The best album of its kind I've heard in a long time
Oh how I was dreading reviewing this album. The words punk and Blink 182 put shivers up my spine, so much that I nearly slipped a disc. It's not that I dislike punk, it's the so called contemporary pop punk that irritates my bowels. Maybe because it has little to do with the anarchic attitude of the original punk movement in the late seventies, and just an excuse for a lot of rock wannabes to strike the devil horns in the air. I was holding my head in shame because, as a reviewer, I was hanging on to my narrow-minded view of punk before objectively listening to S.K.W.A.D.
Hailing from Pontypridd (The home of rock n roll), S.K.W.A.D was formed in April 2004 from the remains of what was PsychoSquad, who were a name on the underground culminating in an appearance at the Reading Festival. I have to let it be known now that S.K.W.A.D is possibly the worst name for any band in the history of the human race. It's also an abbreviation, lord knows what S.K.W.A.D actually stands for, if it stands for anything at all. I love to be proven wrong though, and S.K.W.A.D's debut album, 'The Dead Still Dance,' has dispelled my opinion of modern day punk, and brought home the fact home that a few bands can actually write some damn fine tunes.
This isn't your normal cheesy punk rock worthless trash of the likes of Blink 182. This is a more varied and well thought out album, bared out by the list of different influences on their press release. Even though they list bands such as Ben Folds to Life of Agony, you can't really hear it in the music, but I think it caused their creative cycle to have a diverse quality whilst not venturing too far from the direction of the band. It's not an easy skill to master, and not many bands can claim to have such a talent. 'The Useless' for example, with its driving rhythm, is very different in attitude and delivery to 'Hopes and Reasons,' but both tracks sound very much S.K.W.A.D.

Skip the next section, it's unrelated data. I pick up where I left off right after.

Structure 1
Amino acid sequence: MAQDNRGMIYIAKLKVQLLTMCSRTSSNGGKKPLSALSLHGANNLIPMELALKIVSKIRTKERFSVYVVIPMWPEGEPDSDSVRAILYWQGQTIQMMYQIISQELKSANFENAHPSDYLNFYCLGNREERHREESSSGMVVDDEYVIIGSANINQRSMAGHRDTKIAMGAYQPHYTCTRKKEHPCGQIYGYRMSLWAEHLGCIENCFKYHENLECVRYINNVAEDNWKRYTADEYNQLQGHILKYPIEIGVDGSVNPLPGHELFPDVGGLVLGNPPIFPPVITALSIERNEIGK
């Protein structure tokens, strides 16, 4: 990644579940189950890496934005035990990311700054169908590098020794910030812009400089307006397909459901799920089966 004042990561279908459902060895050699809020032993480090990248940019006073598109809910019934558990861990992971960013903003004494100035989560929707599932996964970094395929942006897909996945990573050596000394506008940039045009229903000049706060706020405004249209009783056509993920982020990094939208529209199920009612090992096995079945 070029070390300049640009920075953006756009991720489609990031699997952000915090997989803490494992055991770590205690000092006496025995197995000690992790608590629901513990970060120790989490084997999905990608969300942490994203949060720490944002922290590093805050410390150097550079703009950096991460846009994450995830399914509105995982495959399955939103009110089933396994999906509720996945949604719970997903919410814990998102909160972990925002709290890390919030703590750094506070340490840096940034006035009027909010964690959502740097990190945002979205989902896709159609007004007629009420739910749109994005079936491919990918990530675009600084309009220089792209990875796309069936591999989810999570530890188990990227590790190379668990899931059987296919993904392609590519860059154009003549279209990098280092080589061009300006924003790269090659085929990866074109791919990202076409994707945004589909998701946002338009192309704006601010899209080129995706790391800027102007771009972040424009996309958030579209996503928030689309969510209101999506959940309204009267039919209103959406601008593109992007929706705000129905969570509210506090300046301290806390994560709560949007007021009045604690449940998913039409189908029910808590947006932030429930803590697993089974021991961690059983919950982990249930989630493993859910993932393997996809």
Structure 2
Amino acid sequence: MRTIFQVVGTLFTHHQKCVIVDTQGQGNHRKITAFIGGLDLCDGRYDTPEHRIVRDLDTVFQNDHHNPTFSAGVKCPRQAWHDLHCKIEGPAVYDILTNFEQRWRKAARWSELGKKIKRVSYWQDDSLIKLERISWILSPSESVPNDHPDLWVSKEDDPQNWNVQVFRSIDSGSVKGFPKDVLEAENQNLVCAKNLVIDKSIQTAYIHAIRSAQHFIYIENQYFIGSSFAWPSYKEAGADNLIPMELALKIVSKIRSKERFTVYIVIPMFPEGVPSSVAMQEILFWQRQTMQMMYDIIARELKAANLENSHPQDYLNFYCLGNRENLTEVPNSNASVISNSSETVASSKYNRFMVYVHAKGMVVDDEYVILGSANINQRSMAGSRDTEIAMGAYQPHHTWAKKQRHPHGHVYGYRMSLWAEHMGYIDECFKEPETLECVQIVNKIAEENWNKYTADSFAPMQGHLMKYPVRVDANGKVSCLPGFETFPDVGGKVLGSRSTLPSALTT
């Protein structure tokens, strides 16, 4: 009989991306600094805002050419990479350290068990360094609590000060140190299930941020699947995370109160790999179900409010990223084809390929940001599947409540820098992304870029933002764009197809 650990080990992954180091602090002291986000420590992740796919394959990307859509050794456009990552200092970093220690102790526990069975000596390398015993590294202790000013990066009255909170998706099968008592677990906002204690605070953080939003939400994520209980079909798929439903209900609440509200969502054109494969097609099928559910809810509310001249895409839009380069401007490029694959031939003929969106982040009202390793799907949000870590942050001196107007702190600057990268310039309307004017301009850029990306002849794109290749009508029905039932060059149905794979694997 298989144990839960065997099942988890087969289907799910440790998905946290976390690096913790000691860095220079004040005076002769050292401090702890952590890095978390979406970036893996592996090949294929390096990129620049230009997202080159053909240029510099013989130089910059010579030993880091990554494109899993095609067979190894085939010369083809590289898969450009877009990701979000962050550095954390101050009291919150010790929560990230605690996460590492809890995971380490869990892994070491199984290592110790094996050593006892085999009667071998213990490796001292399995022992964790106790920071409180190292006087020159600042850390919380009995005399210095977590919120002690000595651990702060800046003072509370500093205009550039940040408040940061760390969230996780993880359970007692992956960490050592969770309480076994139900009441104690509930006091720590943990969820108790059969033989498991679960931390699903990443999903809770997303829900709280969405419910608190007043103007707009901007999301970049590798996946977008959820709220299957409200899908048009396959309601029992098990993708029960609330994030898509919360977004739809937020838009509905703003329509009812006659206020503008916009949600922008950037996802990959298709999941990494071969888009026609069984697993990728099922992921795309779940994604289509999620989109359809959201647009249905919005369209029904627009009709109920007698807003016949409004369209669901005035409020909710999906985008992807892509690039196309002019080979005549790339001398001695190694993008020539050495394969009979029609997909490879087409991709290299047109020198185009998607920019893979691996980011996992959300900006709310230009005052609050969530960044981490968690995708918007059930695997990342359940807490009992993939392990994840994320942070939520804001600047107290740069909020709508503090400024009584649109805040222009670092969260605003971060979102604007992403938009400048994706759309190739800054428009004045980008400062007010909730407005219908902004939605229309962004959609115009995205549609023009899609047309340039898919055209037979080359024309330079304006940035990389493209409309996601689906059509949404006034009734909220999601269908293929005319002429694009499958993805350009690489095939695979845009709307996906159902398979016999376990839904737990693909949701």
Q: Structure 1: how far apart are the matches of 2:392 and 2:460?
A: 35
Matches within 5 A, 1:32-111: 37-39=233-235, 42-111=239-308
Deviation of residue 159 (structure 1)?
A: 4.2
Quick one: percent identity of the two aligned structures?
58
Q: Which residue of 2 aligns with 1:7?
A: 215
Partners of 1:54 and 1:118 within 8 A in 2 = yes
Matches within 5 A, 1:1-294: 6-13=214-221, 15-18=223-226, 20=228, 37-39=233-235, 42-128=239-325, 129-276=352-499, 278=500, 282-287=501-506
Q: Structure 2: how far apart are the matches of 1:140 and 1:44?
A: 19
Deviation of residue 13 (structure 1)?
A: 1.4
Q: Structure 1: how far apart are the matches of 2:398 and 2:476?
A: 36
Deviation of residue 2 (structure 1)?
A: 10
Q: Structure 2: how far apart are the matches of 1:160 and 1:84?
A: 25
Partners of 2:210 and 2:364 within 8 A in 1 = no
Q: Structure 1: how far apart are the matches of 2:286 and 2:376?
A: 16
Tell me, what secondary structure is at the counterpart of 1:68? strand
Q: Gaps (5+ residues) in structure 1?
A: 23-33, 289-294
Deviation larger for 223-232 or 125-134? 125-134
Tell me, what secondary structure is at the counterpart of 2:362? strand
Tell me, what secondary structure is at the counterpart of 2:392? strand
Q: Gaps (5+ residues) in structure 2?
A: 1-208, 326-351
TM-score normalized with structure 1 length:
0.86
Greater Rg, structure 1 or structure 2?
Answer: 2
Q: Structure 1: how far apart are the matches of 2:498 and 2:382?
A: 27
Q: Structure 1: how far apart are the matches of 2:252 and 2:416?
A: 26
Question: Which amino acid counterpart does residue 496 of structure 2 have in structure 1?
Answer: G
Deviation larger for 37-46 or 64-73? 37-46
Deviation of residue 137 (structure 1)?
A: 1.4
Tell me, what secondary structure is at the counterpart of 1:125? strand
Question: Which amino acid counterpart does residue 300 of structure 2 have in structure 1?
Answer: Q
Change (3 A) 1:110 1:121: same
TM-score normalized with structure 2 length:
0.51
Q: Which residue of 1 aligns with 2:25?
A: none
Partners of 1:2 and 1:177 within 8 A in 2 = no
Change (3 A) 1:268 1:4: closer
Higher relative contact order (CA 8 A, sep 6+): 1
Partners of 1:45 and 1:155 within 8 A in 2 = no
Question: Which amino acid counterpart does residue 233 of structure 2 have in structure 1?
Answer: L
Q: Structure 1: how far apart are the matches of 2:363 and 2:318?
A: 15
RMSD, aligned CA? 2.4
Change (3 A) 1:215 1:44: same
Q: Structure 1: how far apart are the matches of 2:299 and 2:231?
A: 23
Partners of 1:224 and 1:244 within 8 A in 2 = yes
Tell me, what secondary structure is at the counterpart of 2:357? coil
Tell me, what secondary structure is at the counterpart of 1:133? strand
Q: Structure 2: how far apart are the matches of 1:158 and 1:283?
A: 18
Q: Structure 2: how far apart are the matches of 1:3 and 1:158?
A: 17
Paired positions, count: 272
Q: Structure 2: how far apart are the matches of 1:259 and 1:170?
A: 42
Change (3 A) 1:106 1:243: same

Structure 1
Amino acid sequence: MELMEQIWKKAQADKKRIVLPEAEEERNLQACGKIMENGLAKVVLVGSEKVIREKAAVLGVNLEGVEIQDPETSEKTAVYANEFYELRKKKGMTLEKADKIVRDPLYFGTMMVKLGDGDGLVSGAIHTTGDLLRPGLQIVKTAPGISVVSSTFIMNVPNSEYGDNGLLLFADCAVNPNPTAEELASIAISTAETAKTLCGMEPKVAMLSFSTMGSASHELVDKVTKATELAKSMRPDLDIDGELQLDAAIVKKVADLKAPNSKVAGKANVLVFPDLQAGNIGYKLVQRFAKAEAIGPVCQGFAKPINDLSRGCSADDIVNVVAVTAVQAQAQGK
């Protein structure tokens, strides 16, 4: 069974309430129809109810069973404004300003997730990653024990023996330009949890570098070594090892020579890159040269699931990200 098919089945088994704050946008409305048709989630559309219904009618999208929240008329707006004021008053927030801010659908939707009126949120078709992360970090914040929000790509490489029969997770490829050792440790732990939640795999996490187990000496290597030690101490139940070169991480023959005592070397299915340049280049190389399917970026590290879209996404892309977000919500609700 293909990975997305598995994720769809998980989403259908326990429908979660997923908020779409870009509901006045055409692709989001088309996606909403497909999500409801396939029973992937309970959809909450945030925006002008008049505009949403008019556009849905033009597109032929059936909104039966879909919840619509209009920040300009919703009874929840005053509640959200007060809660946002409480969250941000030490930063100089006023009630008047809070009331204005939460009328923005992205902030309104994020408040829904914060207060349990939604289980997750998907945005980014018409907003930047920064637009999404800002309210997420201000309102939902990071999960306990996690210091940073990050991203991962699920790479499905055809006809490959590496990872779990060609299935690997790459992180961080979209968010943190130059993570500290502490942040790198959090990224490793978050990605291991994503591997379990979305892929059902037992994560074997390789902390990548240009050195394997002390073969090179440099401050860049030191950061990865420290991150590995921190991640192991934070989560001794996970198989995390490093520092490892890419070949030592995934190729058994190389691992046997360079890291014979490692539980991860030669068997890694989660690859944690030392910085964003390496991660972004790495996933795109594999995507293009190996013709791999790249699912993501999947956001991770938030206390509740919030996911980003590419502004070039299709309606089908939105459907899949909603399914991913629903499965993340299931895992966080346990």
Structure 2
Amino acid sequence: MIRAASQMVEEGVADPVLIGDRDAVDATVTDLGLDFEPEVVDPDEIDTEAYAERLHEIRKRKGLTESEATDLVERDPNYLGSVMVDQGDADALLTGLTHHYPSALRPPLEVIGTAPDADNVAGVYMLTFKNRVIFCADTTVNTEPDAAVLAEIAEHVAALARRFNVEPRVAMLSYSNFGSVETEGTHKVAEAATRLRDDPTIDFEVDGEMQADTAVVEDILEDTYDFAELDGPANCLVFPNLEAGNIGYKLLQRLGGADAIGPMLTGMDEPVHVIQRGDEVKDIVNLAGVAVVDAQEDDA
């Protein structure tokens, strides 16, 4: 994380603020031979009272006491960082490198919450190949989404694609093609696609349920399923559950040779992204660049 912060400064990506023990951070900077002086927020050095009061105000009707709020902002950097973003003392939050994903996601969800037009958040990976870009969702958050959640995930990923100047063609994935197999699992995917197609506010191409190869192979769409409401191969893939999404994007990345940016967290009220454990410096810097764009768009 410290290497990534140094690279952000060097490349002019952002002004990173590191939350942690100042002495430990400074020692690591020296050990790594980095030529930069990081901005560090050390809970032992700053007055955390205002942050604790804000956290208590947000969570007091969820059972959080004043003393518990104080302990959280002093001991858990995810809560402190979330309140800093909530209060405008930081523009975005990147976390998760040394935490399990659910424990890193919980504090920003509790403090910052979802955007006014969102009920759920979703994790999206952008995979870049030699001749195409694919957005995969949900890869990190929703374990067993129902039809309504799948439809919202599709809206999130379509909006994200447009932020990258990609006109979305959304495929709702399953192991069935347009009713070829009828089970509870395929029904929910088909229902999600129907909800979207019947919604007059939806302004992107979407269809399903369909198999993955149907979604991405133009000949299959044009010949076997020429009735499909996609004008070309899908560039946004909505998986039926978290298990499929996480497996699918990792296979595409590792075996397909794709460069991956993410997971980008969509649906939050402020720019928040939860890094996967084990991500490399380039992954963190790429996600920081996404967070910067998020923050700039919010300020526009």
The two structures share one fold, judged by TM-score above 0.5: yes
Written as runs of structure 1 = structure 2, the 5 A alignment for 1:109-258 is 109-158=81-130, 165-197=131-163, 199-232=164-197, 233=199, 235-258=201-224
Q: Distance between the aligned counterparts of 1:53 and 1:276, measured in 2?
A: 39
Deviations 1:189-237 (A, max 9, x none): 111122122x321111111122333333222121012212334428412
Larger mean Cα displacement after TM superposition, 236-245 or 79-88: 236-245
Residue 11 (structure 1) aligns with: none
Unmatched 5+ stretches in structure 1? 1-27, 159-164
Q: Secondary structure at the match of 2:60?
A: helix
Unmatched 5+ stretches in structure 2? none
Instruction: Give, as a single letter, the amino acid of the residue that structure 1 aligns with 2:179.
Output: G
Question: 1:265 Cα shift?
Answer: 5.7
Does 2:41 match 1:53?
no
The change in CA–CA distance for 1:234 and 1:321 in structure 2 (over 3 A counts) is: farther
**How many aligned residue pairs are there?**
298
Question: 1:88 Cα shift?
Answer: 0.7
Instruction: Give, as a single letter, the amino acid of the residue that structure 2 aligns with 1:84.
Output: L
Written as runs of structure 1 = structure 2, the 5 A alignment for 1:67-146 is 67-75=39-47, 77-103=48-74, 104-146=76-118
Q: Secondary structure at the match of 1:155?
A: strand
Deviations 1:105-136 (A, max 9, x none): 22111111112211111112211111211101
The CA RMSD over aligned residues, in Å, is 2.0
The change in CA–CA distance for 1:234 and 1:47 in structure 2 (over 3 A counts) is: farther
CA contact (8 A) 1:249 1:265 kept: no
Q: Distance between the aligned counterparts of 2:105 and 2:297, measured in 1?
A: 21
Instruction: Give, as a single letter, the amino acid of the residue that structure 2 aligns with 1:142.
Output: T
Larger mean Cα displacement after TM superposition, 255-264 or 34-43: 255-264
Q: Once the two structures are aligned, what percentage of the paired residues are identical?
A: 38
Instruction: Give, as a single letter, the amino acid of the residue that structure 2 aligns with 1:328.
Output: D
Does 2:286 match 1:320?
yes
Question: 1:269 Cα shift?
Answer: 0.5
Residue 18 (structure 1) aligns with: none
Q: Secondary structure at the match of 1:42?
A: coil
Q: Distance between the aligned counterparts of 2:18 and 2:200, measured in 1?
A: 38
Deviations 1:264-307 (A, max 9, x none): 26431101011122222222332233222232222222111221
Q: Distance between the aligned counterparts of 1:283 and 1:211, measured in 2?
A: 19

The production is clean, tidy and powerful. The drums especially, sound perfectly produced and sit well in the mix. Todd's vocals are solid, and not whiny in the slightest. Because of this, the great collection of melodies and infectious choruses on this album are instantly likeable. Even the two demos tagged on the end, 'Harold Bishop' and 'Dress like you' sound great, and a relief because they allow the enjoyment of this disc to continue just that little bit longer.
For myself I heard a lot of Filter, Helmet and Fireside in S.K.W.A.D's music, and if I am being truthful I would say S.K.W.A.D are more rock that goes on a date with punk, sleeps with it and doesn't call it the next day. Unfortunately the band is British, which usually means they'll be confined to playing the small pubs and clubs. With the recent rock revolution and its drift in to the mainstream, I think S.K.W.A.D will fit quite nicely within the hullabaloo of media friendly rock. I just hope they're not too late or get lost in the musical laundry basket with all the talentless, manufactured wannabes. It would be a real shame if this were to happen.